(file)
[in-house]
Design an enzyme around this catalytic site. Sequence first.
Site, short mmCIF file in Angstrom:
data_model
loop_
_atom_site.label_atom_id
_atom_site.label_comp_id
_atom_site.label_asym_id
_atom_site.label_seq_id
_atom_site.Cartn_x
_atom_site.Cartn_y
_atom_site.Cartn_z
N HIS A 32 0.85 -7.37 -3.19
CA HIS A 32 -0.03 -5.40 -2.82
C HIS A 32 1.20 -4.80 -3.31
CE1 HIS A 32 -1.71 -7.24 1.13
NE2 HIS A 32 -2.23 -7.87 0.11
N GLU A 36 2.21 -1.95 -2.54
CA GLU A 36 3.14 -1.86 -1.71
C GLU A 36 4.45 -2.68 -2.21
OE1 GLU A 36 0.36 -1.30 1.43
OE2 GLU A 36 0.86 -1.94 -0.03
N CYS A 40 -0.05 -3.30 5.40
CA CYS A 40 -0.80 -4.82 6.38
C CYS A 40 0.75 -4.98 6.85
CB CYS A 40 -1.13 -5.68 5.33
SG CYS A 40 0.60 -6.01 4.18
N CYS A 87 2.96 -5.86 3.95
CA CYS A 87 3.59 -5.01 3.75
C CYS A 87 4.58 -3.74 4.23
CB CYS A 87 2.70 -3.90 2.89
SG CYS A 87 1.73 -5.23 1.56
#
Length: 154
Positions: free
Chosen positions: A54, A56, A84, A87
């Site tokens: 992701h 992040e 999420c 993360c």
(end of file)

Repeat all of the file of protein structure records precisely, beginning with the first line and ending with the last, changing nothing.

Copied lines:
[in-house]
Design an enzyme around this catalytic site. Sequence first.
Site, short mmCIF file in Angstrom:
data_model
loop_
_atom_site.label_atom_id
_atom_site.label_comp_id
_atom_site.label_asym_id
_atom_site.label_seq_id
_atom_site.Cartn_x
_atom_site.Cartn_y
_atom_site.Cartn_z
N HIS A 32 0.85 -7.37 -3.19
CA HIS A 32 -0.03 -5.40 -2.82
C HIS A 32 1.20 -4.80 -3.31
CE1 HIS A 32 -1.71 -7.24 1.13
NE2 HIS A 32 -2.23 -7.87 0.11
N GLU A 36 2.21 -1.95 -2.54
CA GLU A 36 3.14 -1.86 -1.71
C GLU A 36 4.45 -2.68 -2.21
OE1 GLU A 36 0.36 -1.30 1.43
OE2 GLU A 36 0.86 -1.94 -0.03
N CYS A 40 -0.05 -3.30 5.40
CA CYS A 40 -0.80 -4.82 6.38
C CYS A 40 0.75 -4.98 6.85
CB CYS A 40 -1.13 -5.68 5.33
SG CYS A 40 0.60 -6.01 4.18
N CYS A 87 2.96 -5.86 3.95
CA CYS A 87 3.59 -5.01 3.75
C CYS A 87 4.58 -3.74 4.23
CB CYS A 87 2.70 -3.90 2.89
SG CYS A 87 1.73 -5.23 1.56
#
Length: 154
Positions: free
Chosen positions: A54, A56, A84, A87
């Site tokens: 992701h 992040e 999420c 993360c």